CIPR Education Journalism Awards
Honours for THE writers
Times Higher Education journalists have been honoured at a national awards ceremony. The annual Chartered Institute of Public Relations Education Journalism Awards, held at the Houses of Parliament on 12 December, recognised the best in UK education journalism across print, web and broadcast media. The award for Outstanding Higher Education Journalism was won by THE reporter David Matthews, for a feature examining the cooperative approach of the University of Mondragon in Spain’s Basque Country. Paul Jump, THE’s senior research reporter, was runner-up in the category, winning a commendation from the judges for a piece on a slew of plagiarism cases across Europe, while reporter Jack Grove and deputy news editor John Morgan also made the shortlist. Meanwhile, John Morgan was named runner-up in the category of Outstanding National Education Journalism, for a feature on the state of higher education in India.
Academy registers concerns
The Academy of Social Sciences says it has “fundamental concerns” about a proposal to scrap the national census and to use administrative data as an alternative. However, it has welcomed – albeit with reservations – a different proposal for people to fill in census returns online. It follows plans put forward by the Office for National Statistics, the final decision on which will be taken in 2014, and will affect the next census in England and Wales in 2021. After consulting its 46 learned society members and 900 academicians, the Academy of Social Sciences says in its response to the plans that if the census were abandoned it would mean “the UK’s position as a world leader for the quality and breadth of its social science (second only to the US) would be jeopardised, as the census is the backbone for much of our current research”.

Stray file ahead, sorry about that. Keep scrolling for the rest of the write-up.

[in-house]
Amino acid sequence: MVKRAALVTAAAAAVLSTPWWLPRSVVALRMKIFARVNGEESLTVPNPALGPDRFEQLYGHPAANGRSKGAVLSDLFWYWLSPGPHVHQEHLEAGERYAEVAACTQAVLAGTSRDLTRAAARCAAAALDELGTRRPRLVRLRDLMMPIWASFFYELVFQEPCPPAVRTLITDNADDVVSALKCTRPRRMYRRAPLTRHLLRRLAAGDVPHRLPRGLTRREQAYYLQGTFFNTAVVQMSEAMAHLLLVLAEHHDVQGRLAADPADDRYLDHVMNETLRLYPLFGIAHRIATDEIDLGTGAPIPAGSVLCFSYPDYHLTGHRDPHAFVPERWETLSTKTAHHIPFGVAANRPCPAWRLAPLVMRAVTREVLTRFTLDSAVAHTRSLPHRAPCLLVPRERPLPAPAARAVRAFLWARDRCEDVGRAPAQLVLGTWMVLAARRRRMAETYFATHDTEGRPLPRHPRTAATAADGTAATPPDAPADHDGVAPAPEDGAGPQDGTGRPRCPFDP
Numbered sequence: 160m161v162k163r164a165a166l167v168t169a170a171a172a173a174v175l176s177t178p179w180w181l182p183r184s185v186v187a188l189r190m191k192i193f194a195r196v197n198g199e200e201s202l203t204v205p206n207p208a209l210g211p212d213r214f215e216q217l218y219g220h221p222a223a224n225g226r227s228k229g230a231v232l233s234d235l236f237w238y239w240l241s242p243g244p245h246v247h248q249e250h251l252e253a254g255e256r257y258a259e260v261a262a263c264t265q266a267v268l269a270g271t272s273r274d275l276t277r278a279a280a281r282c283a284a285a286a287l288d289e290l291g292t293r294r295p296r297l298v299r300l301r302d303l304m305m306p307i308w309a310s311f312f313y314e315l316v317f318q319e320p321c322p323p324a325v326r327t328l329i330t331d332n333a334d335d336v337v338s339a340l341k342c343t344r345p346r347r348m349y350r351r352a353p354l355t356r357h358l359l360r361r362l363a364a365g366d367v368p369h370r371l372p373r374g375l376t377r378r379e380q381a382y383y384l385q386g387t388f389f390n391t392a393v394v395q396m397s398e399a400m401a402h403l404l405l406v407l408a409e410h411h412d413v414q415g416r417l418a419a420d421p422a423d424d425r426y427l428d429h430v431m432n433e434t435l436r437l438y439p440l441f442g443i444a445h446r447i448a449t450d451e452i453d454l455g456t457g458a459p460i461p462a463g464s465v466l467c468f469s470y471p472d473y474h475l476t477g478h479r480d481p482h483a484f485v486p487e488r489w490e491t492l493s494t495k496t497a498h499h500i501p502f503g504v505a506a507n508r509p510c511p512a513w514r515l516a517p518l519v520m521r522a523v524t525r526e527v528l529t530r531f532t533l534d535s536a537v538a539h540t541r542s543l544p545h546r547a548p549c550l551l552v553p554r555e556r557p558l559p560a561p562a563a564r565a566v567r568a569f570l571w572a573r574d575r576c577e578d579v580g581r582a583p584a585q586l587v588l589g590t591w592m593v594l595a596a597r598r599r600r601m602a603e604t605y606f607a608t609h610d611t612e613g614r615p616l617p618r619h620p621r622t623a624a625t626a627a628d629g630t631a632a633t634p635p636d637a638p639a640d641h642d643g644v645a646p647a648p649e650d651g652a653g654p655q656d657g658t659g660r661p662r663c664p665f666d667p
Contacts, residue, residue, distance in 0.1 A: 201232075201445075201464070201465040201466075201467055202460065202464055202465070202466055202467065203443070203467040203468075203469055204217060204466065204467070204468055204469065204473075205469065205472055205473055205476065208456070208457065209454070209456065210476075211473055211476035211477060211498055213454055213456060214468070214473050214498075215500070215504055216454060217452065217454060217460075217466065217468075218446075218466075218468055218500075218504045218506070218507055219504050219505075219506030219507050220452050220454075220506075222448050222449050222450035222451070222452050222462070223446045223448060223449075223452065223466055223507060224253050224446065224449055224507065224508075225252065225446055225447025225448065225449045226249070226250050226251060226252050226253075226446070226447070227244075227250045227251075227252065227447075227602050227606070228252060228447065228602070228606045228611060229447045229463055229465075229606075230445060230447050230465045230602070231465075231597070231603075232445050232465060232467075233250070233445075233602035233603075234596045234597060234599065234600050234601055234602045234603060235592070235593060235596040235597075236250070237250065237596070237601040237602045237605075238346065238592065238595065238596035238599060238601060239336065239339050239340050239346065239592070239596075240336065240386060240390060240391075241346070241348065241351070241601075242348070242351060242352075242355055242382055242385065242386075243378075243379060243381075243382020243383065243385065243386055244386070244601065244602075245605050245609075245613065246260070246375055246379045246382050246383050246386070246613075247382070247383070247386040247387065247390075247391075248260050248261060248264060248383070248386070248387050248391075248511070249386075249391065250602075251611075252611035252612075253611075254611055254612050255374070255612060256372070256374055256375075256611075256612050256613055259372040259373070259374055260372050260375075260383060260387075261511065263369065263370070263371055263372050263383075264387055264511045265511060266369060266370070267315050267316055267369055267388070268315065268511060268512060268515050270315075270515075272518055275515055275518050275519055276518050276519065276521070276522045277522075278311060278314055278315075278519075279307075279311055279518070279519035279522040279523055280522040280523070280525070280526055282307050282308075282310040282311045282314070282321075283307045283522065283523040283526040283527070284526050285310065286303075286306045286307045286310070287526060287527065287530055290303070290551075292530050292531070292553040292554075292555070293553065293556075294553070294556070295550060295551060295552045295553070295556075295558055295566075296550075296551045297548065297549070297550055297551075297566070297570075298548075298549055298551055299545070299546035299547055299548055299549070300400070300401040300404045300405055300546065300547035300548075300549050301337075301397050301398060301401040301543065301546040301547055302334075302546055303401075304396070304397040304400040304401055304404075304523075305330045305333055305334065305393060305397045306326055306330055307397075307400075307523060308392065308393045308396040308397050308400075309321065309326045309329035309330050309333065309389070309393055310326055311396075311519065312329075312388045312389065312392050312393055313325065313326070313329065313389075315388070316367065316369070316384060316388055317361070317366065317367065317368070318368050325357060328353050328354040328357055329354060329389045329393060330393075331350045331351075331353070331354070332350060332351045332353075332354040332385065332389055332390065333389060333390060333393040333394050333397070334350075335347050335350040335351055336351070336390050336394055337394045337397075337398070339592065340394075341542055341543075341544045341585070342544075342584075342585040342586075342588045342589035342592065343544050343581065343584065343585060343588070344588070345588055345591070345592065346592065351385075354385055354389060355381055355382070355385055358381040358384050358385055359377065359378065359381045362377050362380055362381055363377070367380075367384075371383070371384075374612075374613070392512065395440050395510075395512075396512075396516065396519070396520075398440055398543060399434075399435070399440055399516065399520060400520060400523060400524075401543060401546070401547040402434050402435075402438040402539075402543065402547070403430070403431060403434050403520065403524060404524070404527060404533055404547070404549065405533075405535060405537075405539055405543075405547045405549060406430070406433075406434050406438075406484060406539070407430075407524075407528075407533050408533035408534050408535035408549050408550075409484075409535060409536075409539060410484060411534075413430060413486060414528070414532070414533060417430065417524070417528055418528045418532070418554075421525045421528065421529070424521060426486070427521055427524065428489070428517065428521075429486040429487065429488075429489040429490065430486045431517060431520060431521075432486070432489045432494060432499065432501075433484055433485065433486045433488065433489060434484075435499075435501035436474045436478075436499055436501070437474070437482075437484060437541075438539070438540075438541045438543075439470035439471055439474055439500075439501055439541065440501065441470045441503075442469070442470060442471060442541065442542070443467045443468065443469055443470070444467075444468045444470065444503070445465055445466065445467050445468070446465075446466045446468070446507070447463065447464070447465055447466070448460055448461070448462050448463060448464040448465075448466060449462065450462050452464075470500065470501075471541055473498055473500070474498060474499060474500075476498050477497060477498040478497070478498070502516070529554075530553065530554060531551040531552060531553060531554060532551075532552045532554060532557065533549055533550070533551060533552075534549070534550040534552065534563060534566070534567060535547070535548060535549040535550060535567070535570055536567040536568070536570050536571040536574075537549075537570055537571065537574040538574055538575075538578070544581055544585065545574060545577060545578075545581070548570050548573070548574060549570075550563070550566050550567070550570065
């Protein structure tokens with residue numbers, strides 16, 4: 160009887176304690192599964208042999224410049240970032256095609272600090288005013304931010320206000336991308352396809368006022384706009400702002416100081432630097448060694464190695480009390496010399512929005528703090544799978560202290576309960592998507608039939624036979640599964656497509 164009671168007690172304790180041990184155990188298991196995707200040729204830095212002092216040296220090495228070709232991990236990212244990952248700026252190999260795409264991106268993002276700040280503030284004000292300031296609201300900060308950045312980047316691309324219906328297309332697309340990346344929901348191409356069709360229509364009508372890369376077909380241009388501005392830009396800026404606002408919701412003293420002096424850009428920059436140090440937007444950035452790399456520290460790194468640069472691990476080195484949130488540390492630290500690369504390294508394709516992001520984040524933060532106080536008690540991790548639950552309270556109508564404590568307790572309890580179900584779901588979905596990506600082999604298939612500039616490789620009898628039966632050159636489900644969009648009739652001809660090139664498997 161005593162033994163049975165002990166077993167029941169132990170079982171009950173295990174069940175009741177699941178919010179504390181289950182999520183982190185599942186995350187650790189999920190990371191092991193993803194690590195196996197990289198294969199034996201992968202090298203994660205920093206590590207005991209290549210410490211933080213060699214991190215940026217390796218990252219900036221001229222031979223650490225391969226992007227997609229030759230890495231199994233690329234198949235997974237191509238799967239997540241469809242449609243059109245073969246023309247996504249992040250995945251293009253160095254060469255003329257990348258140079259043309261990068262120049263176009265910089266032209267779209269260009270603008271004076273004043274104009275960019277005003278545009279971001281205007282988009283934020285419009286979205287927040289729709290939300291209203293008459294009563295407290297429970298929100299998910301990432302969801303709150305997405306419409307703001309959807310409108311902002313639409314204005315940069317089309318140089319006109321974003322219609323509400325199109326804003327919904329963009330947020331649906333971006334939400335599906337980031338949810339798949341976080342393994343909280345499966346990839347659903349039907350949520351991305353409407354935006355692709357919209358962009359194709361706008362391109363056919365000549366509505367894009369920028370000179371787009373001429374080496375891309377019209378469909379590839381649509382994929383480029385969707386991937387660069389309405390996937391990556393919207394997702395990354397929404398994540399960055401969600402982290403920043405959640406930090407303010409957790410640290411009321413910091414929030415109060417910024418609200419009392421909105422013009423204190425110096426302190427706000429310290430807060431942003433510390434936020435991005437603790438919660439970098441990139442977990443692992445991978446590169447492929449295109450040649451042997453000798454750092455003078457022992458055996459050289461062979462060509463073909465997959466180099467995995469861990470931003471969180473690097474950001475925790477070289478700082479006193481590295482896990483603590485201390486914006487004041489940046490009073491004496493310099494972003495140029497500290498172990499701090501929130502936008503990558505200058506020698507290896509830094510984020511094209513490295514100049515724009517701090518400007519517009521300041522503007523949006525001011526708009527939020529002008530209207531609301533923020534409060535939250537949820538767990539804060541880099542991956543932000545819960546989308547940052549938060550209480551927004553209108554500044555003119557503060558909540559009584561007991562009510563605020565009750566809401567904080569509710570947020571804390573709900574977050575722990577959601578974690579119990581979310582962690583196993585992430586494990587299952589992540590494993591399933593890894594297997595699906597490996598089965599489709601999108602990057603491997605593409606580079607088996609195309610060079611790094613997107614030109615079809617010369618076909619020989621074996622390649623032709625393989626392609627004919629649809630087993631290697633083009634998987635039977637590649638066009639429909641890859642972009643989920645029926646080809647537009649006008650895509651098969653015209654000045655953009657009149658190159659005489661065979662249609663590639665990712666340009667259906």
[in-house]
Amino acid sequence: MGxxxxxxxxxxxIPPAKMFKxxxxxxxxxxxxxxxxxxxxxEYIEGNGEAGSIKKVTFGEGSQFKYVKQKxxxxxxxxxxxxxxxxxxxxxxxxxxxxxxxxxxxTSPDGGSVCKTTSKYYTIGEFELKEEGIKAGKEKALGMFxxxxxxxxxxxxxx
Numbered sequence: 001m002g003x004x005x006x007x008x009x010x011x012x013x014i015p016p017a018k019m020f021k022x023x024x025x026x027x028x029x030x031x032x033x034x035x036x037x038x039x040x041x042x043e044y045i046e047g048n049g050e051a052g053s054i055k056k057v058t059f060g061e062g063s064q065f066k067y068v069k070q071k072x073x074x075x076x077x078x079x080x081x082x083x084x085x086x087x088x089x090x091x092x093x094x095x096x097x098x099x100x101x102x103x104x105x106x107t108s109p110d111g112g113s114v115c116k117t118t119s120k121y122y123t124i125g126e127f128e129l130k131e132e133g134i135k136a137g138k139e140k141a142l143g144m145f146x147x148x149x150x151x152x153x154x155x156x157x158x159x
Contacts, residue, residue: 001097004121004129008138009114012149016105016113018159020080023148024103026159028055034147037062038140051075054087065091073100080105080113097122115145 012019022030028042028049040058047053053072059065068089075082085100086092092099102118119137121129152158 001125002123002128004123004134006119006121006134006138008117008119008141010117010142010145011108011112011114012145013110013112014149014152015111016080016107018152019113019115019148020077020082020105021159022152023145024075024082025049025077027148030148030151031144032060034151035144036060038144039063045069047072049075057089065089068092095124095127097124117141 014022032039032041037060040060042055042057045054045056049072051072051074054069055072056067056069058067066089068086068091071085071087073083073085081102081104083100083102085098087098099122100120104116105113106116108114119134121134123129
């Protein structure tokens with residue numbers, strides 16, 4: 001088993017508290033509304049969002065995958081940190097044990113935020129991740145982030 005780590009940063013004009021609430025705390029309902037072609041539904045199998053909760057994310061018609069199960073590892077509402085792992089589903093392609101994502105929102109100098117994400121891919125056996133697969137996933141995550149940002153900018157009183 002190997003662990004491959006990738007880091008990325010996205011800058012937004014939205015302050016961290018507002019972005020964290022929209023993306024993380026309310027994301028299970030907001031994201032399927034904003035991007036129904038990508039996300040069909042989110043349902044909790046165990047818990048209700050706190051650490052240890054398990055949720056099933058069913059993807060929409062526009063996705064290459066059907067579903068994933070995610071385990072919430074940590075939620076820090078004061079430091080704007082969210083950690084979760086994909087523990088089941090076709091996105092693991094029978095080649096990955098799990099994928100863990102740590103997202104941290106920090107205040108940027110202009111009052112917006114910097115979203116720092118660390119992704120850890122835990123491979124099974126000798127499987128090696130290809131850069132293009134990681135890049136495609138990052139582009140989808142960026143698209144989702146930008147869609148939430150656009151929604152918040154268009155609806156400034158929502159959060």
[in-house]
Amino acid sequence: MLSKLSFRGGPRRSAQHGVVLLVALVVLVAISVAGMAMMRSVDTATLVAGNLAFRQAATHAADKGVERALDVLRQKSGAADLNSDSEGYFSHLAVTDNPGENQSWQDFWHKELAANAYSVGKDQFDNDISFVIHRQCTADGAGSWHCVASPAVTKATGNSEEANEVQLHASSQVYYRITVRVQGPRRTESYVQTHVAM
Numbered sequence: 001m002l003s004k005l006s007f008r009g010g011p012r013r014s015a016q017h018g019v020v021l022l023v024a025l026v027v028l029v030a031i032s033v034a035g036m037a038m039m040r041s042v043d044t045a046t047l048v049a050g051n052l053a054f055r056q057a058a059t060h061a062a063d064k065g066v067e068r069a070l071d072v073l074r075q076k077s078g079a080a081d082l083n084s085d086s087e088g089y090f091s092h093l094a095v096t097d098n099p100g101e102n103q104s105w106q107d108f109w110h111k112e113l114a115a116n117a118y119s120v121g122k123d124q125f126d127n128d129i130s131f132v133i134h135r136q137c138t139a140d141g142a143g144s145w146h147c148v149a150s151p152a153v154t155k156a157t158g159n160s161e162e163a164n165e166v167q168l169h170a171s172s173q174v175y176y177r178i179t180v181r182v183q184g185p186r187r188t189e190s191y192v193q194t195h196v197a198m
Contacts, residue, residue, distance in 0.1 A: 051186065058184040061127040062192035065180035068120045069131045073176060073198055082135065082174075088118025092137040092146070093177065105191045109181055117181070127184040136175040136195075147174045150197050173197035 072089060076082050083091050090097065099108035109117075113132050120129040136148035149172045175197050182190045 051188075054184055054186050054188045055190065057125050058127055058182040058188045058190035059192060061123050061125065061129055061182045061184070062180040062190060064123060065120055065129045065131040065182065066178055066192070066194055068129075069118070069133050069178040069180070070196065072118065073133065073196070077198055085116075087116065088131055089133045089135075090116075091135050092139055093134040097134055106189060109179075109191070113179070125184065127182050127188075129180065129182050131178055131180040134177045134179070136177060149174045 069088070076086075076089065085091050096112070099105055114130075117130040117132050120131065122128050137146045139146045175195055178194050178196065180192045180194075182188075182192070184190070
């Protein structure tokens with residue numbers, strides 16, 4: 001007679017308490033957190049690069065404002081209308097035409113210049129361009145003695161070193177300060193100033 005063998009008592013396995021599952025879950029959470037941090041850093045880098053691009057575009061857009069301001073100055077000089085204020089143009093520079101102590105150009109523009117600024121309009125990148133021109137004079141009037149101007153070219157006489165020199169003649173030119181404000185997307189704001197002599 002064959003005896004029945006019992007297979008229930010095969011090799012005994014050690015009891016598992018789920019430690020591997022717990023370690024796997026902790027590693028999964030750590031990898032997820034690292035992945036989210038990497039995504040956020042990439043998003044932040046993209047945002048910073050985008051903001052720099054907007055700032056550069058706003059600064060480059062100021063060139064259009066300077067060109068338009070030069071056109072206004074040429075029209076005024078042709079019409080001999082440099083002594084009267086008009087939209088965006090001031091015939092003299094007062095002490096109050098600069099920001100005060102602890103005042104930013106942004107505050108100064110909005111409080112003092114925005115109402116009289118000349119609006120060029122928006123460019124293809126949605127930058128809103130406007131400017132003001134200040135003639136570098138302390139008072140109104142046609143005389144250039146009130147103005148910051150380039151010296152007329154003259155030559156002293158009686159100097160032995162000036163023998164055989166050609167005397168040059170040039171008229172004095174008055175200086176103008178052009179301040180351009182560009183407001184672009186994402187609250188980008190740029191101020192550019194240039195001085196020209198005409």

University Enterprise Zones
Help for high-tech start-ups
The Treasury has funded a £15 million pilot project to establish three to four University Enterprise Zones in England. The zones will house clusters of high-tech start-up companies that can access the expertise of their local universities. As part of this, the zones will offer affordable business space for students to start businesses after graduation. The scheme is designed to combat the shortage of private sector funding for office, laboratory and workshop space for innovative firms. It will also encourage universities to foster innovation and growth locally, and get more involved with businesses and Local Enterprise Partnerships.
Treatment of animals in research
Imperial changes should ‘resonate’
A list of recommendations aimed at improving the management of animal research at Imperial College London should “resonate” across the UK, its authors say. Imperial commissioned an independent report into its animal research practices after the British Union for the Abolition of Vivisection infiltrated its facilities earlier this year, leading to allegations in The Sunday Times of mistreatment of animals. The report was drawn up by a committee of experts in animal experimentation and welfare chaired by Steve Brown, director of the Medical Research Council’s Mammalian Genetics Unit at Harwell. The report, which includes 33 recommendations, found that Imperial’s ethical review processes did not provide a forum to bring scientists together with animal house staff, technicians and statisticians to discuss improvements.
Our story about two university vice-chancellors who have refused pay rises brought the twitterati out in force. “About time – but only 2. What of rest? Will they say no?” asked @thelarker67, while @Addy_Pope called on MPs to “take note”. @Dr_Aust_PhD said that more university leaders should follow suit “if they aspire to be ‘leaders’, & not ‘bosses’” with @PhilPurnell asking, sarcastically, “should we doff our caps or tug our forelocks in penitent gratitude?”. @LizMorrish suggested that “VCs must be afraid of becoming the new bankers!”, while @FrancinoF praised them for “leading by example”.